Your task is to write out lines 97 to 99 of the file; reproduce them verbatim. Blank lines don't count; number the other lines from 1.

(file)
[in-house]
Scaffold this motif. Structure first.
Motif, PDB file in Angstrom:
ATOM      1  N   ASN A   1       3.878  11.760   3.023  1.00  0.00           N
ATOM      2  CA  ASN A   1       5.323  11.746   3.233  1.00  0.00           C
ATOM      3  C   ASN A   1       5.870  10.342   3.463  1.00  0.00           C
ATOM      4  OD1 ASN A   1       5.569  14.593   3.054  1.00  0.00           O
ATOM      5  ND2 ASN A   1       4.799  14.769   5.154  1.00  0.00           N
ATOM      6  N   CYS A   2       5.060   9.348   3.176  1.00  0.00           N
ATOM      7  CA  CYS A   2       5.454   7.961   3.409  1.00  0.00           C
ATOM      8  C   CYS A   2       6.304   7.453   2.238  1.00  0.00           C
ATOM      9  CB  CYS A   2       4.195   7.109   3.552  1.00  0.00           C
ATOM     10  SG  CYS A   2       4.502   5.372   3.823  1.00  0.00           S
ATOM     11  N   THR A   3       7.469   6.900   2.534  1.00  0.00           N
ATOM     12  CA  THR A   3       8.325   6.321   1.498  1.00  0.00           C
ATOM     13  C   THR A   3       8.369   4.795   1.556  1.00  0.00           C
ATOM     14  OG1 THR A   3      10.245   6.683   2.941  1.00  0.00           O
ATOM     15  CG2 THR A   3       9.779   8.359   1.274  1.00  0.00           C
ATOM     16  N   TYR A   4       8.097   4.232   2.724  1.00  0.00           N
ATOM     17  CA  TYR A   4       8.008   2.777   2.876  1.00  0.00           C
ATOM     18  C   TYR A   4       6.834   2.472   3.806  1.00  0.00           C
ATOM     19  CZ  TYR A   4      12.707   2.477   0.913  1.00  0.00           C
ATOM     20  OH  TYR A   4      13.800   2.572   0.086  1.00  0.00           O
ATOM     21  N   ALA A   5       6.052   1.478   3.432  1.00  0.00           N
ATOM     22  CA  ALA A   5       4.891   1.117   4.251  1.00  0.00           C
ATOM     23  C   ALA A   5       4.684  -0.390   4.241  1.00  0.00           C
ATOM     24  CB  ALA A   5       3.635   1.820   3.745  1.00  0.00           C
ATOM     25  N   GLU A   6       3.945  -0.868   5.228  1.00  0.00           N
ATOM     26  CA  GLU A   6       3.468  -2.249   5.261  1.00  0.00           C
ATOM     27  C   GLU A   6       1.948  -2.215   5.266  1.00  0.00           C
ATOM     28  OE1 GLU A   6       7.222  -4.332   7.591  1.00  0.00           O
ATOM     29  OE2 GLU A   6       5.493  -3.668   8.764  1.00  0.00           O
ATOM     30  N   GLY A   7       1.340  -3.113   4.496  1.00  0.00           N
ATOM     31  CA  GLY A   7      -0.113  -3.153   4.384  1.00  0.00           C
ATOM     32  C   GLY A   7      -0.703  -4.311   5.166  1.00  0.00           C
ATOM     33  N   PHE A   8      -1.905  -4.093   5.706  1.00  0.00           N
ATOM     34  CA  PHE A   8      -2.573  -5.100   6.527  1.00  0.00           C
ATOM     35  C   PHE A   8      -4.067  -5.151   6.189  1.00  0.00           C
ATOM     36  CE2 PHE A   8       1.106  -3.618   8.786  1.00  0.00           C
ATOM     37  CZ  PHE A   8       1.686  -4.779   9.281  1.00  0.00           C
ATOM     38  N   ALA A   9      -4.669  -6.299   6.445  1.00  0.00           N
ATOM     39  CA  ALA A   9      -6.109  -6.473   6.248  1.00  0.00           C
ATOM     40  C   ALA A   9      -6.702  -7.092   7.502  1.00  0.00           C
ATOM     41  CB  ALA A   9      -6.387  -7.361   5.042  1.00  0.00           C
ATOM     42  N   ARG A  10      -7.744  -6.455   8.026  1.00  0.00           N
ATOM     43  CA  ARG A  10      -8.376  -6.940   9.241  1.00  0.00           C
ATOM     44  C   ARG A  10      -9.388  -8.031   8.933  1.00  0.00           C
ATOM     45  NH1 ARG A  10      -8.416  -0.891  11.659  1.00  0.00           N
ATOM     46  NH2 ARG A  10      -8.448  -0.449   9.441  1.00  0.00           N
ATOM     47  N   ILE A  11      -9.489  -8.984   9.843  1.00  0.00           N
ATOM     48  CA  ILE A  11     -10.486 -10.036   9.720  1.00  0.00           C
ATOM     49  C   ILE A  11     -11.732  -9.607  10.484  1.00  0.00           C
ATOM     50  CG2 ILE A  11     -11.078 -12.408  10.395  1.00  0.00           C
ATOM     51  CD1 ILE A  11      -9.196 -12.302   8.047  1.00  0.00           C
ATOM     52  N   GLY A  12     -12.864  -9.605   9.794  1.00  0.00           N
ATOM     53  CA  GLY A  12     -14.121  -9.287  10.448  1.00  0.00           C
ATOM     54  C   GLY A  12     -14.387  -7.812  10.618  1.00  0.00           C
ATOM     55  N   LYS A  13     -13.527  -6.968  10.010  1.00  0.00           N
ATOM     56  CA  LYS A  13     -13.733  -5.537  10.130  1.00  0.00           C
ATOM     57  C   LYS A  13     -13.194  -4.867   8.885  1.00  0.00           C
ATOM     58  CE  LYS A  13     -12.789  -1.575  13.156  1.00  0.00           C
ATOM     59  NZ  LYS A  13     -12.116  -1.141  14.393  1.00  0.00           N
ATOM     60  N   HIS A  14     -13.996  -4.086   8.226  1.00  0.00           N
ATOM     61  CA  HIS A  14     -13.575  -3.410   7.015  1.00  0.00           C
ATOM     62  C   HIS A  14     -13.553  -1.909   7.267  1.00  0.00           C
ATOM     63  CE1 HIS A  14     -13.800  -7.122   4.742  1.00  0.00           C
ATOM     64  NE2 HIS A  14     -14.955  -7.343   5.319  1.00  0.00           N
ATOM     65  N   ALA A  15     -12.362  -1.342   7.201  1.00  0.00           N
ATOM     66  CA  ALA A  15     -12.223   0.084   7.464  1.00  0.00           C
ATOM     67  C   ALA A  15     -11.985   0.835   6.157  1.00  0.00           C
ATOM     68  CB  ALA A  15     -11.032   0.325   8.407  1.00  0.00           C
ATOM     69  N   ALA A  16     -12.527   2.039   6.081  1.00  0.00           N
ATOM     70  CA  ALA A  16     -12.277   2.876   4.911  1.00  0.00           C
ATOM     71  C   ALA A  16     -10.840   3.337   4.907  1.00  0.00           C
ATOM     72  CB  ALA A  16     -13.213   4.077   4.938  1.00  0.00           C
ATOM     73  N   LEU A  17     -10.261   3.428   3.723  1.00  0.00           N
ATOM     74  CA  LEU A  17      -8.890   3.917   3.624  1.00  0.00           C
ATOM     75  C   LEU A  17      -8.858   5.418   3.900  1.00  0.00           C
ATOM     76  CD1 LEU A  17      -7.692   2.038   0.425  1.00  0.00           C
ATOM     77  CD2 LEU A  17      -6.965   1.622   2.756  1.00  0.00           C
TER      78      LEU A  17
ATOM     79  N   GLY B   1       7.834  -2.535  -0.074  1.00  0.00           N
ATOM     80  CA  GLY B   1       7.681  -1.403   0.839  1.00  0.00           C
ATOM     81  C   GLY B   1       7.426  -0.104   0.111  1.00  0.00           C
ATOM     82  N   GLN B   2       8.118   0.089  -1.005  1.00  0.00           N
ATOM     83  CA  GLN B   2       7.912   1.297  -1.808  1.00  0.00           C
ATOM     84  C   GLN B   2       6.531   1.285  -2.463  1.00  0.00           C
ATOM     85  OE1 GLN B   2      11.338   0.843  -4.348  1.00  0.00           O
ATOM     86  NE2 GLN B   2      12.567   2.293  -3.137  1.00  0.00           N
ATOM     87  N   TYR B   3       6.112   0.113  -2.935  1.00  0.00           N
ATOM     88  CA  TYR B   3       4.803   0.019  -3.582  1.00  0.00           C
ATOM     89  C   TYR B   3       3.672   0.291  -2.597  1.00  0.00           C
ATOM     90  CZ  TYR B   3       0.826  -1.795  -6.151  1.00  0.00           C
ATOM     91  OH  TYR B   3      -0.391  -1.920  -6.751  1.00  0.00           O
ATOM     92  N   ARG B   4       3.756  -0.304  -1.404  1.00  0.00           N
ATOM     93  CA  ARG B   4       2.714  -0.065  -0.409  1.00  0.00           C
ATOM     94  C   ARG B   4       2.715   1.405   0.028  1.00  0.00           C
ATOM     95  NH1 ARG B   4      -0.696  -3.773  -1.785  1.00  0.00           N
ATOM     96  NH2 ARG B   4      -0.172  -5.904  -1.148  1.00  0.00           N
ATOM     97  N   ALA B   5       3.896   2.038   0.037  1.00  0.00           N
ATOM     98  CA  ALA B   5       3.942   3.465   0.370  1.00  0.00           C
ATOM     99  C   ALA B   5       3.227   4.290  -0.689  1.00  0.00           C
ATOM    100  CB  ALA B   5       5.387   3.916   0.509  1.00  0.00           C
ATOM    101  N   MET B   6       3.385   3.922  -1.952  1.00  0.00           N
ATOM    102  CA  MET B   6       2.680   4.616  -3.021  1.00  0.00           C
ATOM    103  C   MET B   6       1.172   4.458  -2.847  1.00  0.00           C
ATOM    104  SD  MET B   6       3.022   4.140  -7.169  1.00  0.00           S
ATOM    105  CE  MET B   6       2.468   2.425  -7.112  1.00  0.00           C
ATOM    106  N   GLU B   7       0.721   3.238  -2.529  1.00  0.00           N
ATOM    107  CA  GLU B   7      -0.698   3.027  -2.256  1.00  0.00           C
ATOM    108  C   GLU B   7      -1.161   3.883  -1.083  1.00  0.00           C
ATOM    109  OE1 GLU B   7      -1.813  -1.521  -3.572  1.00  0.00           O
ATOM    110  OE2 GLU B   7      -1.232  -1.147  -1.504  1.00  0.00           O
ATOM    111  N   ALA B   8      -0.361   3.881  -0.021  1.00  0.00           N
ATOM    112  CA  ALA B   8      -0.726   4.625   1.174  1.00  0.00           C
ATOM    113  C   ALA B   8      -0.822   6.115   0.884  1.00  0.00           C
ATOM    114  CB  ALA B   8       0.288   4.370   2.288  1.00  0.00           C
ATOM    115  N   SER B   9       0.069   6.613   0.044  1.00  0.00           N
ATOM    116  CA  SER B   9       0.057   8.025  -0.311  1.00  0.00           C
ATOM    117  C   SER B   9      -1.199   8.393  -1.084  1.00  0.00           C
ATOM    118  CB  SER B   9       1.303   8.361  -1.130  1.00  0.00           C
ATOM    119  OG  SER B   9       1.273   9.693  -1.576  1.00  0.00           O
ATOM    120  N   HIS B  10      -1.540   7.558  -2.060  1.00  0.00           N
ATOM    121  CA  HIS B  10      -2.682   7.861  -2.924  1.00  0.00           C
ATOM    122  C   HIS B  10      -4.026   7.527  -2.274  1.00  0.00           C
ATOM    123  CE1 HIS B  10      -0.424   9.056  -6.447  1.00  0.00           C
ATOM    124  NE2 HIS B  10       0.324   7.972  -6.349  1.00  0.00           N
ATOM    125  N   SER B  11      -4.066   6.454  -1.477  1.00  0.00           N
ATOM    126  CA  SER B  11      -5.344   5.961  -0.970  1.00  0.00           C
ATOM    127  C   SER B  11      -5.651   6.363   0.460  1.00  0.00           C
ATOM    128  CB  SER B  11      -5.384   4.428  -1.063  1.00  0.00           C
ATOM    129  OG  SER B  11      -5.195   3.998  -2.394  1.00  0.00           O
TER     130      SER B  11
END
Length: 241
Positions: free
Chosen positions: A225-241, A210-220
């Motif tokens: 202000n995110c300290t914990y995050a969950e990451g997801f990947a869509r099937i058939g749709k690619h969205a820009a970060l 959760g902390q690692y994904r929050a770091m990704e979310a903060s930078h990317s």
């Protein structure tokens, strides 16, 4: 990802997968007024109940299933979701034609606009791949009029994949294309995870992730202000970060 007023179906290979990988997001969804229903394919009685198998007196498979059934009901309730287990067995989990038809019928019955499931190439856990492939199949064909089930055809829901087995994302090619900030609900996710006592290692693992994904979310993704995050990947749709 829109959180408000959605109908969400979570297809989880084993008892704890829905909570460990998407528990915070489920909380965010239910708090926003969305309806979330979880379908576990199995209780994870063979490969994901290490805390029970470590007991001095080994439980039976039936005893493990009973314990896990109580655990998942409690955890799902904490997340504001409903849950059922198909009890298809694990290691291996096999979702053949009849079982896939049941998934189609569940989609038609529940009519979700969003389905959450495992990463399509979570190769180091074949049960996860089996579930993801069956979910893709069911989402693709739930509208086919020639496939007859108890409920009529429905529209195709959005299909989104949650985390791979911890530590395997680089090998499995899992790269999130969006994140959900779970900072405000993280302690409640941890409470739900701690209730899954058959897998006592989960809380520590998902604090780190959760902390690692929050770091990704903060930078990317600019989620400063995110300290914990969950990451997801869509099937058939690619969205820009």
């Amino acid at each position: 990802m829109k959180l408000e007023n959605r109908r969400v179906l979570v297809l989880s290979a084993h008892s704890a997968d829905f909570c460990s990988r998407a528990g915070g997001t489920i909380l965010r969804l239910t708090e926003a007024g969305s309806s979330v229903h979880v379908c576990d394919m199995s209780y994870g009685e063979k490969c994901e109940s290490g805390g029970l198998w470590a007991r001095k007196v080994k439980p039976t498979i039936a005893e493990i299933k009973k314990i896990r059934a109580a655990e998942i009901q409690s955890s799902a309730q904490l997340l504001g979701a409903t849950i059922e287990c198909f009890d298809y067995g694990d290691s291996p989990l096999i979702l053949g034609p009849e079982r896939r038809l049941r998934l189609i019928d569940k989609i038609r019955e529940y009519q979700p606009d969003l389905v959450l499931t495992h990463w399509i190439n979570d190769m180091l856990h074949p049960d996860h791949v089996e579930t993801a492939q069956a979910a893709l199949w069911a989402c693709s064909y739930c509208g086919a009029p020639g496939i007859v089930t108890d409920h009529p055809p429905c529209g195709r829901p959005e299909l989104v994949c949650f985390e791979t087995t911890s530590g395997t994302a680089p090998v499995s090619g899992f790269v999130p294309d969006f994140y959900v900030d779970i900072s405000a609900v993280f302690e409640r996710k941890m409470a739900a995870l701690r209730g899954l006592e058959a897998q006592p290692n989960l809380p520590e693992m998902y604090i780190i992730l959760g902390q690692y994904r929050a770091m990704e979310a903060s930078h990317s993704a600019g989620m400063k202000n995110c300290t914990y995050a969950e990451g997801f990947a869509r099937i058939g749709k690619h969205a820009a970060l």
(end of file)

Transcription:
ATOM     94  C   ARG B   4       2.715   1.405   0.028  1.00  0.00           C
ATOM     95  NH1 ARG B   4      -0.696  -3.773  -1.785  1.00  0.00           N
ATOM     96  NH2 ARG B   4      -0.172  -5.904  -1.148  1.00  0.00           N